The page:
News from Illinois CancerCare

Understanding Palliative Care

Palliative care is often misunderstood and confused with hospice care. Both offer services designed to increase comfort while also reducing the pain, suffering and emotional stress that critically ill patients experience.

After describing several key differences between palliative and hospice care, this article will focus on palliative care, with a goal of providing a broader understanding of how this type of support can benefit patients and their families during this very difficult time in their lives.

  • Stage of Disease: Individuals in hospice are expected to live for six months or less, while palliative care can be provided to patients of any age and at any stage of
  • the disease, starting with diagnosis, throughout treatment, during follow-up and at the end of life.
  • Curative Treatment: Palliative care patients receive treatment for their serious or life-threatening illness, but those in hospice no longer receive treatment for their terminal disease. Comfort care is offered to both.
  • Location of Care: Palliative care is usually delivered in a clinic (such as Illinois CancerCare) or hospital setting, while hospice services can be provided wherever the patient calls home.

The overall goal of palliative care is to improve the quality of life for a patient by addressing symptoms and side effects of treatment for serious illnesses including cancer, lung disease and HIV/AIDS. In addition to treating physical problems, it also addresses emotional, social, spiritual and practical needs that can arise when dealing with a serious medical condition. This type of care also reduces stress on the family and friends of the patient by providing respite opportunities.

Palliative care is provided by specially-trained medical professionals and encompasses a range of concerns that stem from the disease itself to those that occur as the result of treatment. At Illinois CancerCare (ILCC), we have a team that includes physicians, advanced practice nurses (APNs) and pharmacists. We work together with your other doctors and healthcare providers to deliver an extra layer of support that can be provided alongside curative treatment.

In addition to the services we provide directly at ILCC, we can also provide you with referrals to trusted community partners including dieticians, social workers, financial counselors, occupational therapists and others. Some common challenges that palliative care addresses include:

  • Pain or discomfort
  • Difficulty sleeping
  • Loss of appetite
  • Nausea or vomiting
  • Anxiety
  • Depression
  • Transportation needs
  • Caretaker fatigue
  • Other issues that interfere with your treatment

Over the years, we’ve found that our patients have numerous common questions related to palliative care. Here are a few that we’re often asked.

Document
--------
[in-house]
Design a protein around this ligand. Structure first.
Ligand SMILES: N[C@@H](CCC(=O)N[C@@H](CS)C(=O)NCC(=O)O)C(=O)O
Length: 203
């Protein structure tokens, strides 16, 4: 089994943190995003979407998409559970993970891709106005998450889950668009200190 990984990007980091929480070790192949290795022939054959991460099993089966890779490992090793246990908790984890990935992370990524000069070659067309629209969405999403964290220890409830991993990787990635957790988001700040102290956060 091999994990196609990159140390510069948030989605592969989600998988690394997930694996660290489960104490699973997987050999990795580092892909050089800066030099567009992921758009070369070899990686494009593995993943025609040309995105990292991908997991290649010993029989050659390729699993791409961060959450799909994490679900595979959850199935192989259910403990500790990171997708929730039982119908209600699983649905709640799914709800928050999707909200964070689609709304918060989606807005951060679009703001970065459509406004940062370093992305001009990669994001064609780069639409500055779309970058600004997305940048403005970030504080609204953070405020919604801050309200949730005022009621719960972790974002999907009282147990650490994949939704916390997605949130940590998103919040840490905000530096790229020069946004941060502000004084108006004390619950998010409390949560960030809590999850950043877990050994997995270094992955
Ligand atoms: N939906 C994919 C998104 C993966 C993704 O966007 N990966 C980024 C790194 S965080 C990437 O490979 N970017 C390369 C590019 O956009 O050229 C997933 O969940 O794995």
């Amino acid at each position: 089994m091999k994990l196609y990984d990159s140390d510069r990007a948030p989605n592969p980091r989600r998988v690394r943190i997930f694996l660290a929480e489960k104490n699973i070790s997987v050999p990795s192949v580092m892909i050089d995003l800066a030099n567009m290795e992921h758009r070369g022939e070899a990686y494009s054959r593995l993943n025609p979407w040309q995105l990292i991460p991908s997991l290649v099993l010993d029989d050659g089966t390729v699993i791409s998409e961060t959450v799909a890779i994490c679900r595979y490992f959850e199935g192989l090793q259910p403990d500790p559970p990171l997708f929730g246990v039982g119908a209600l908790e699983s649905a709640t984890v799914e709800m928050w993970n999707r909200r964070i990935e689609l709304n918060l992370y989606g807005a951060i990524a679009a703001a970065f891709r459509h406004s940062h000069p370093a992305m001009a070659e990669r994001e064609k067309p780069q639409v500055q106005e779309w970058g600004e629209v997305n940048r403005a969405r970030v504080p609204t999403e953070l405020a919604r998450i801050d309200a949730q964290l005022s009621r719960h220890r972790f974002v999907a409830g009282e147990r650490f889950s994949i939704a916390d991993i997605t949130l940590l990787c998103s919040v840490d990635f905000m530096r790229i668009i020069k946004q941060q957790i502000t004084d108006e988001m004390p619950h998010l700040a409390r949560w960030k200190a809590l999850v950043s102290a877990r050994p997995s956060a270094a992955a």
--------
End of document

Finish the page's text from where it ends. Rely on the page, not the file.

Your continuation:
Will I become addicted to the pain medicine? Most patients can safely take the dosages prescribed by their physician, but if you have a history of addiction, please let us and your other care providers know. Keeping people comfortable often requires increased doses of pain medication. This is a result of tolerance to medication as the body adjusts and doesn’t necessarily indicate addiction.

No two patients experience pain in the same way. For some it’s mild or nonexistent, while others feel pain more intensely. Your pain levels may also vary throughout your treatment. It’s important to always be honest with your doctor or nurse about how much pain you’re in, so we can help alleviate or diminish it.

Does palliative care hasten death? This is a fairly common assumption, but palliative care doesn’t accelerate (or attempt to stall) the dying process. It provides comfort and the best quality of life from the time you’re diagnosed with an advanced illness until end of life. People also ask if morphine hastens death. Appropriate doses help patients remain comfortable, but morphine doesn’t speed up the dying process.

Will my loved one or I die of starvation? While it may seem that way, the truth is that death is the result of the terminal disease. Patients who are near the end of a life-threatening illness often lose their appetite or experience diminished thirst, but they don’t die of starvation.

Should we let our kids visit their relative who is in palliative care? Every situation is different and you know your family members better than anyone. However, in general, it’s important to let children talk about death so they can develop healthy attitudes that will benefit them as adults. Like grown-ups, children also need time to say goodbye to people who are important to them.

Although small children (in their innocent and honest way) may ask a lot of questions, teenagers can sometimes retreat into themselves or seek answers online. It’s important to provide an environment that encourages teens to talk without forcing conversations. Maintaining an open dialogue is important for family members of all ages.

Should I keep my family member at home instead of providing them with palliative care? This is a question many people wrestle with. Family members strive to give their loved ones personal care and attention in their own home where they feel safe. But sometimes, in spite of your best intentions, the needs of the patient exceed what can be delivered at home.

Rest assured that those who provide palliative care are sensitive to these concerns and are trained to support patients and their families with dignity and compassion. In addition, you can do little things to make the palliative care environment feel more like home by bringing in items like a comfy pillow, special blanket and photos.

Palliative care offers powerful support to patients and their families during a time they need it most. The ILCC palliative care team is here for you. And we always will be.


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